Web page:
Posted by Erica G from Kabul
Since the new UN estimates on civilians killed so far in 2009 were released on Friday, I’ve been getting questions on whether these numbers are helpful, or even accurate, in describing the conflict: What’s the value of the obsession with body counting?
In one sense, these numbers offer a measure of accountability for the human costs of the conflict. As I pointed out in my blog on Friday, in a month where the news has been dominated by competing press statements about attempts by both sides to the conflict to reduce civilian casualties, an estimate that 1000 people have already died so far this year is a stark reminder of how far these promises are from the past 6 month’s reality.
Nonetheless, there is a strong argument that we shouldn’t even be fussing about numbers when there is so much guesswork involved. In general, the UN has pretty accurate estimates, but it is a fair point that any estimates in Afghanistan should be treated with a wide margin of error. (The Globe & Mail published a great piece describing how access issues, local traditions, and sometimes deliberate misinformation by locals or local leaders, can make it impossible to find the “truth” in some of these investigations.)
Another critique raised by a friend of mine who is a human rights investigator is that these civilian casualty counts boil a thousand stories of loss into impersonal statistics, and obscure the real tragedy of these incidents. Once you digitize them, she would argue, no one bothers to ask about the names and faces behind those numbers.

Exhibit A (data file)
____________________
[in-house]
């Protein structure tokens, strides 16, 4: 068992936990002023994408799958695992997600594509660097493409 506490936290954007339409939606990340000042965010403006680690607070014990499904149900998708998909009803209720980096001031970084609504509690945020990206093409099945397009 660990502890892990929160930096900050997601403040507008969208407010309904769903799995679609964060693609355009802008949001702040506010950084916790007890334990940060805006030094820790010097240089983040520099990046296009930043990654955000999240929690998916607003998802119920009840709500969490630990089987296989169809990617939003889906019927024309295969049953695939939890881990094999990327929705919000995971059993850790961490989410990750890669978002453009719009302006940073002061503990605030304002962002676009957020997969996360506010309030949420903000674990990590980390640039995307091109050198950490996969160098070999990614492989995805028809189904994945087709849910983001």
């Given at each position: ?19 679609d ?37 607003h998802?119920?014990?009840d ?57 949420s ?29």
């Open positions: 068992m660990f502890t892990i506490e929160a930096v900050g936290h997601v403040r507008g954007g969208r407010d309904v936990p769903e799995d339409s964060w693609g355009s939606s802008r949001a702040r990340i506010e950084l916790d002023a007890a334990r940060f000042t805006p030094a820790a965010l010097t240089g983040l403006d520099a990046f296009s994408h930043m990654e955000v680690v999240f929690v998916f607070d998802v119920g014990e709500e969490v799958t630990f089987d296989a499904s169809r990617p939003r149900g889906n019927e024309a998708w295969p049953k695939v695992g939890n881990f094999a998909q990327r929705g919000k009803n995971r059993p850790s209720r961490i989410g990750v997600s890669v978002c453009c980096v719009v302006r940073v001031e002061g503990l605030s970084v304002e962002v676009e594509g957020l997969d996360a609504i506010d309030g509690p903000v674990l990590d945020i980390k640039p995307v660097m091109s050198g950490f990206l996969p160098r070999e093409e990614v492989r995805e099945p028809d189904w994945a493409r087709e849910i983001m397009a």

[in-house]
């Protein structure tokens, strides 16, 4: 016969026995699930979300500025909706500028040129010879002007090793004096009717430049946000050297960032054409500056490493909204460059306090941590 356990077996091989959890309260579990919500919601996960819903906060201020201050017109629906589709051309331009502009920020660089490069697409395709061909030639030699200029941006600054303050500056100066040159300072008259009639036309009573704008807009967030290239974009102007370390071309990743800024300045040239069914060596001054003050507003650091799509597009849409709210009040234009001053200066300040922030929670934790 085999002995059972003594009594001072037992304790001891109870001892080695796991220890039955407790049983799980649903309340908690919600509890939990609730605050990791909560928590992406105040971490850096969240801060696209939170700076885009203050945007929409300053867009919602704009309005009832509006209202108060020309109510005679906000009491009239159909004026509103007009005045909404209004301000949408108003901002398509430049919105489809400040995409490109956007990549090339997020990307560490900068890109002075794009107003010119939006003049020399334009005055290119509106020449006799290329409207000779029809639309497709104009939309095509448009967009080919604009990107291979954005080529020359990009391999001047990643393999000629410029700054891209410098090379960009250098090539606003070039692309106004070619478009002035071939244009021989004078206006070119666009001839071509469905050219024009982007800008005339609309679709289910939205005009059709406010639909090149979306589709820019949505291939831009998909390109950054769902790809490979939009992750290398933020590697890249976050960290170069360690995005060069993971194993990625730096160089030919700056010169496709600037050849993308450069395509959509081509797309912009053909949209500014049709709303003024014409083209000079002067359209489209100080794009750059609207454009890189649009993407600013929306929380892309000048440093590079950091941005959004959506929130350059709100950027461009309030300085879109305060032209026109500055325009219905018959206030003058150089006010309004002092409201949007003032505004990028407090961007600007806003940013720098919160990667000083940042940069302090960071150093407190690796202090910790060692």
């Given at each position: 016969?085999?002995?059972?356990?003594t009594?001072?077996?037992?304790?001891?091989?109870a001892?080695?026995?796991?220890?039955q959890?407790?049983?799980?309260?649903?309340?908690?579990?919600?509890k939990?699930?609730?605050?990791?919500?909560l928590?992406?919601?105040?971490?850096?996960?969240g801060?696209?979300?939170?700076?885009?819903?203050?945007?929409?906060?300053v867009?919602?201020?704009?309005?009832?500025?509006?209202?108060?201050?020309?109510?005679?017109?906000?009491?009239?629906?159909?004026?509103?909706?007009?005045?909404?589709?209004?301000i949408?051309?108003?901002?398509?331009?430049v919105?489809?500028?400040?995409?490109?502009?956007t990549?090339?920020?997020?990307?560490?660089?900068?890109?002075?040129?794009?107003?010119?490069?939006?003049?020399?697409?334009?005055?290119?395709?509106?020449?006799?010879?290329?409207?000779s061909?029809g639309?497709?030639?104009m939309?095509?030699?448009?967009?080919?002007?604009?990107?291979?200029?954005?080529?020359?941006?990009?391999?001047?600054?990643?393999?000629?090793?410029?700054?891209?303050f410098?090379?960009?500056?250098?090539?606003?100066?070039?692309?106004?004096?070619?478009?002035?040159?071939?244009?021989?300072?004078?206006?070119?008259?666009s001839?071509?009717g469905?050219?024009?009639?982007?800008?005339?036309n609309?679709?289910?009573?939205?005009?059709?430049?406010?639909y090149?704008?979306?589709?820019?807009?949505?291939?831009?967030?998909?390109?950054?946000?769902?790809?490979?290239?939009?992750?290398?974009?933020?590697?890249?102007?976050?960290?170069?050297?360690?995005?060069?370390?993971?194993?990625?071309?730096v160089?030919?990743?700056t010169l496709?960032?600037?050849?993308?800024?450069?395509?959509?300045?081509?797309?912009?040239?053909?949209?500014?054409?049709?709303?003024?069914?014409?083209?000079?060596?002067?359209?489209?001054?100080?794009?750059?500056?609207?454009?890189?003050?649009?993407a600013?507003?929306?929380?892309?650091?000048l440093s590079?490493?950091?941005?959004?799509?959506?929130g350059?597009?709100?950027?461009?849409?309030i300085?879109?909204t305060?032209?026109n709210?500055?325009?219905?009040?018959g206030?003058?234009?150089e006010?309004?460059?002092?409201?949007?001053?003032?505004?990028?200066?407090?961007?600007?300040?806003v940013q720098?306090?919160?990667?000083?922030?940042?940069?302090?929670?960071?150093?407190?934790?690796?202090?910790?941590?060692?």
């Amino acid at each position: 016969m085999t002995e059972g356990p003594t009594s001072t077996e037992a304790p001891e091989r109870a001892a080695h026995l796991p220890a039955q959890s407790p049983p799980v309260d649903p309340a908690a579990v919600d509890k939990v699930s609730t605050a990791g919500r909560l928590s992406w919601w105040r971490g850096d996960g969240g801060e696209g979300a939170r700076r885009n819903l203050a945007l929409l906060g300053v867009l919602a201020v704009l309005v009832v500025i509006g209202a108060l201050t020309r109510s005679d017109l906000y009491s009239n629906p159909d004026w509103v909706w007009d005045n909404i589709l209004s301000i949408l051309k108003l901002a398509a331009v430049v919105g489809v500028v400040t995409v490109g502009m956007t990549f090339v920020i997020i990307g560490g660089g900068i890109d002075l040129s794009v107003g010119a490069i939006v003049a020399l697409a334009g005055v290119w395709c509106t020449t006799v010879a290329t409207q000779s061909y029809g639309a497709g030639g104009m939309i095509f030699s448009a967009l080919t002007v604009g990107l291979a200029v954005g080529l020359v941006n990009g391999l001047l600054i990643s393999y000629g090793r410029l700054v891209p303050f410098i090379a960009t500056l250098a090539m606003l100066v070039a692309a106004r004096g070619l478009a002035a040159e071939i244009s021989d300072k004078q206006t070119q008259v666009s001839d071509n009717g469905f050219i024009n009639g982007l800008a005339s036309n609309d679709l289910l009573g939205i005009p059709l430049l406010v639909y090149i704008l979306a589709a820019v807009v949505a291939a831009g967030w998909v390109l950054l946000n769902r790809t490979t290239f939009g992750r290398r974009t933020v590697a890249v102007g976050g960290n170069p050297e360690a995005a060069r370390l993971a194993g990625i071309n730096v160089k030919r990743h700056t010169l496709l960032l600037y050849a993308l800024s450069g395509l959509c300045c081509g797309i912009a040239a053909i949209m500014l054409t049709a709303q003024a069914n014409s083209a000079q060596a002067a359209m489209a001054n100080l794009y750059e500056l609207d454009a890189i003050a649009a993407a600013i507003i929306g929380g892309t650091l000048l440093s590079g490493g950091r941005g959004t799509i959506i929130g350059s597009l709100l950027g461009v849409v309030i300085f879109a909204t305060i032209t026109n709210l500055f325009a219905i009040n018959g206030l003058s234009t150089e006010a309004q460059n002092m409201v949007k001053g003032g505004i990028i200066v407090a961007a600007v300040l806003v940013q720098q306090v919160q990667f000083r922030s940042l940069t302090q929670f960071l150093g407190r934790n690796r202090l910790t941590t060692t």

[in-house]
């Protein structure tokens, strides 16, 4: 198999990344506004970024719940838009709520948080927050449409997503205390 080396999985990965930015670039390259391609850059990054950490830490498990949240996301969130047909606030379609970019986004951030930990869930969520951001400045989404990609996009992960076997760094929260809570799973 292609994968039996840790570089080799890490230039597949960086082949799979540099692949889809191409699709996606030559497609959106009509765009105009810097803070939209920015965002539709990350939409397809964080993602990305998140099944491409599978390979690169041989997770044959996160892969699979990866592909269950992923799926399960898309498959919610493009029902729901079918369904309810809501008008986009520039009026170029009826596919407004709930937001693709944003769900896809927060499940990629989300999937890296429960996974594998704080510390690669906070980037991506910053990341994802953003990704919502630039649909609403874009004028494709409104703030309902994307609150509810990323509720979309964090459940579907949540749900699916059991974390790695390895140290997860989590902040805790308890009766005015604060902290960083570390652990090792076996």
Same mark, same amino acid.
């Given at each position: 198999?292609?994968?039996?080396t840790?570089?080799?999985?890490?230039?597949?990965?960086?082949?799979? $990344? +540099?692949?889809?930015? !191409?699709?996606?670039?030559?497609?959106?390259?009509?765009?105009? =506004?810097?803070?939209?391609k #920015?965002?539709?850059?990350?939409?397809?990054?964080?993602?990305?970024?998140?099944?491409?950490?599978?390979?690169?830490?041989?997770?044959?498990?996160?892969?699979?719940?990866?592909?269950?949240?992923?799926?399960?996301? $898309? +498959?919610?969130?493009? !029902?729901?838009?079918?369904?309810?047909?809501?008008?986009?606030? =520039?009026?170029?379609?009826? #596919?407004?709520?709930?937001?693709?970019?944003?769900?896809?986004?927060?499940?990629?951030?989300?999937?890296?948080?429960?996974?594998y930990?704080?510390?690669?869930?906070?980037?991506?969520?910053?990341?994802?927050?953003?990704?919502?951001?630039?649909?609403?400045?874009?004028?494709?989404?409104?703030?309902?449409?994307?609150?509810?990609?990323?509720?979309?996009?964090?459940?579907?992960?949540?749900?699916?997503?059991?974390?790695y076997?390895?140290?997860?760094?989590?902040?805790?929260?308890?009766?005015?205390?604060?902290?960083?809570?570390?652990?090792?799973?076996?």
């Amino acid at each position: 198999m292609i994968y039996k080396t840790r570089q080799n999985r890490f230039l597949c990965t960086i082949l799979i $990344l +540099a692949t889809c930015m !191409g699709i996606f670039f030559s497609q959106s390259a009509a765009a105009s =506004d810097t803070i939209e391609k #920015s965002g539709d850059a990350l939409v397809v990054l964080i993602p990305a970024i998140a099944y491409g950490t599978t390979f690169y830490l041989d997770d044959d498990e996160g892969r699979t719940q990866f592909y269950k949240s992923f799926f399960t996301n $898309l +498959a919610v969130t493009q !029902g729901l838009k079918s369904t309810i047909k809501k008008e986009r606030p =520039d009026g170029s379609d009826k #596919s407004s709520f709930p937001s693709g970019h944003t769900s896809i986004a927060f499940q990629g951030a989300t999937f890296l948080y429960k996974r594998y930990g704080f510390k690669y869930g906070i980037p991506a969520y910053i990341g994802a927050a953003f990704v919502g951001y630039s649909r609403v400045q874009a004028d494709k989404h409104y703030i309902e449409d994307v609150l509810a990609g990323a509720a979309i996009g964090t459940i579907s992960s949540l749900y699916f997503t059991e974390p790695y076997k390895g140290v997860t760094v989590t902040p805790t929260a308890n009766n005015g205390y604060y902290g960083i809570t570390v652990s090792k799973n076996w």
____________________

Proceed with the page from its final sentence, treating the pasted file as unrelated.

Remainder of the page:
A recent op-ed by Tom Hayden put a sharp point on this issue for me. He argued that the US Department of Defense should openly admit whether there is a standard number of civilian deaths that are considered acceptable for any given airstrike in Afghanistan (many confirmed that there was a “magic number” in Iraq), and what the decision-making process is for authorizing deaths that reach above a certain numerical threshold.
As a human rights advocate, this is the type of measure we tend to call for because it increases transparency over how these life and death calculations are made. Another common argument for releasing this type of information is that families have a ‘right to know.’ But thinking of my friend’s argument that numbers dehumanize a loss, I do wonder whether it’s something that really serves the victims and their families? Based on the interviews I’ve had with Afghan families who have lost a loved one, the last thing they’d want to hear is that their father, mother, or child was deemed expendable by a mean calculation made by an impersonal decision-maker a thousand miles away.